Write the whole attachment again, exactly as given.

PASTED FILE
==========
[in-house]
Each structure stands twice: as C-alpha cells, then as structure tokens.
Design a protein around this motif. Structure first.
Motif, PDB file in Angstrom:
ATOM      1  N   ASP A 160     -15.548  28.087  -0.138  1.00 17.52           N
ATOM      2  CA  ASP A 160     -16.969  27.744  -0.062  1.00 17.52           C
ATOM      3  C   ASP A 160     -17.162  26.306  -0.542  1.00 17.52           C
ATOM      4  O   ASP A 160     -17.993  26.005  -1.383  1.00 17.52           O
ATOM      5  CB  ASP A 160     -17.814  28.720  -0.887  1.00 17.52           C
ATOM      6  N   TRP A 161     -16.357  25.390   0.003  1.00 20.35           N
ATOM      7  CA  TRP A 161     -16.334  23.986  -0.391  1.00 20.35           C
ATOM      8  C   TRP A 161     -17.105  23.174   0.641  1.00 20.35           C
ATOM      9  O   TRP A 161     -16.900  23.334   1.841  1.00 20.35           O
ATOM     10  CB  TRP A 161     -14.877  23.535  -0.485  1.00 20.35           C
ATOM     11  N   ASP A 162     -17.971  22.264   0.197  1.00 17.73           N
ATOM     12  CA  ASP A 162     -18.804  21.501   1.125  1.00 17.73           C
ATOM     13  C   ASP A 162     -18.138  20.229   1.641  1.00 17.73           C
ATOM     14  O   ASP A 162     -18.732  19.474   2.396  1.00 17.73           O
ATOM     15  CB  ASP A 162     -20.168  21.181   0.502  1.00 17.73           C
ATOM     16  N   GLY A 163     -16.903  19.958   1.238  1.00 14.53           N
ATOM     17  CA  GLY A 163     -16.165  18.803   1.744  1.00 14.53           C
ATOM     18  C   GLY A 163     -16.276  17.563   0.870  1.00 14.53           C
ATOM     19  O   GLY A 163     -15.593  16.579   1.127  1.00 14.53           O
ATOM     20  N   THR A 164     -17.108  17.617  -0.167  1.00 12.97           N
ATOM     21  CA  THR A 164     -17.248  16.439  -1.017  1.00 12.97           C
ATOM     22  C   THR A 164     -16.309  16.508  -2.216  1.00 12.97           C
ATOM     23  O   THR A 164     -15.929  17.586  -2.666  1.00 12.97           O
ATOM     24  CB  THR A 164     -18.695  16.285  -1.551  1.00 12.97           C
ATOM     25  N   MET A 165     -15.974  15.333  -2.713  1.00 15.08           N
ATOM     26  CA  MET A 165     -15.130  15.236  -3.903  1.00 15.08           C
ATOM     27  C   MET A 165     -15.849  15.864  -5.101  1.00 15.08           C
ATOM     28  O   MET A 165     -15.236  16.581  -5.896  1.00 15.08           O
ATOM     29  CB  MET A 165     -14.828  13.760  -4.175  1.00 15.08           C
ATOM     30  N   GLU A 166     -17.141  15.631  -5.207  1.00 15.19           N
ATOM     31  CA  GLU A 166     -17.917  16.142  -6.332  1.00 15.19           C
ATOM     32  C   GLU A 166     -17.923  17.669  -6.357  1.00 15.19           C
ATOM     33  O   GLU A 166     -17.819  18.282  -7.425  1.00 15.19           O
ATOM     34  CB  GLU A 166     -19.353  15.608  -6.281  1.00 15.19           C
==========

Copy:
[in-house]
Each structure stands twice: as C-alpha cells, then as structure tokens.
Design a protein around this motif. Structure first.
Motif, PDB file in Angstrom:
ATOM      1  N   ASP A 160     -15.548  28.087  -0.138  1.00 17.52           N
ATOM      2  CA  ASP A 160     -16.969  27.744  -0.062  1.00 17.52           C
ATOM      3  C   ASP A 160     -17.162  26.306  -0.542  1.00 17.52           C
ATOM      4  O   ASP A 160     -17.993  26.005  -1.383  1.00 17.52           O
ATOM      5  CB  ASP A 160     -17.814  28.720  -0.887  1.00 17.52           C
ATOM      6  N   TRP A 161     -16.357  25.390   0.003  1.00 20.35           N
ATOM      7  CA  TRP A 161     -16.334  23.986  -0.391  1.00 20.35           C
ATOM      8  C   TRP A 161     -17.105  23.174   0.641  1.00 20.35           C
ATOM      9  O   TRP A 161     -16.900  23.334   1.841  1.00 20.35           O
ATOM     10  CB  TRP A 161     -14.877  23.535  -0.485  1.00 20.35           C
ATOM     11  N   ASP A 162     -17.971  22.264   0.197  1.00 17.73           N
ATOM     12  CA  ASP A 162     -18.804  21.501   1.125  1.00 17.73           C
ATOM     13  C   ASP A 162     -18.138  20.229   1.641  1.00 17.73           C
ATOM     14  O   ASP A 162     -18.732  19.474   2.396  1.00 17.73           O
ATOM     15  CB  ASP A 162     -20.168  21.181   0.502  1.00 17.73           C
ATOM     16  N   GLY A 163     -16.903  19.958   1.238  1.00 14.53           N
ATOM     17  CA  GLY A 163     -16.165  18.803   1.744  1.00 14.53           C
ATOM     18  C   GLY A 163     -16.276  17.563   0.870  1.00 14.53           C
ATOM     19  O   GLY A 163     -15.593  16.579   1.127  1.00 14.53           O
ATOM     20  N   THR A 164     -17.108  17.617  -0.167  1.00 12.97           N
ATOM     21  CA  THR A 164     -17.248  16.439  -1.017  1.00 12.97           C
ATOM     22  C   THR A 164     -16.309  16.508  -2.216  1.00 12.97           C
ATOM     23  O   THR A 164     -15.929  17.586  -2.666  1.00 12.97           O
ATOM     24  CB  THR A 164     -18.695  16.285  -1.551  1.00 12.97           C
ATOM     25  N   MET A 165     -15.974  15.333  -2.713  1.00 15.08           N
ATOM     26  CA  MET A 165     -15.130  15.236  -3.903  1.00 15.08           C
ATOM     27  C   MET A 165     -15.849  15.864  -5.101  1.00 15.08           C
ATOM     28  O   MET A 165     -15.236  16.581  -5.896  1.00 15.08           O
ATOM     29  CB  MET A 165     -14.828  13.760  -4.175  1.00 15.08           C
ATOM     30  N   GLU A 166     -17.141  15.631  -5.207  1.00 15.19           N
ATOM     31  CA  GLU A 166     -17.917  16.142  -6.332  1.00 15.19           C
ATOM     32  C   GLU A 166     -17.923  17.669  -6.357  1.00 15.19           C
ATOM     33  O   GLU A 166     -17.819  18.282  -7.425  1.00 15.19           O
ATOM     34  CB  GLU A 166     -19.353  15.608  -6.281  1.00 15.19           C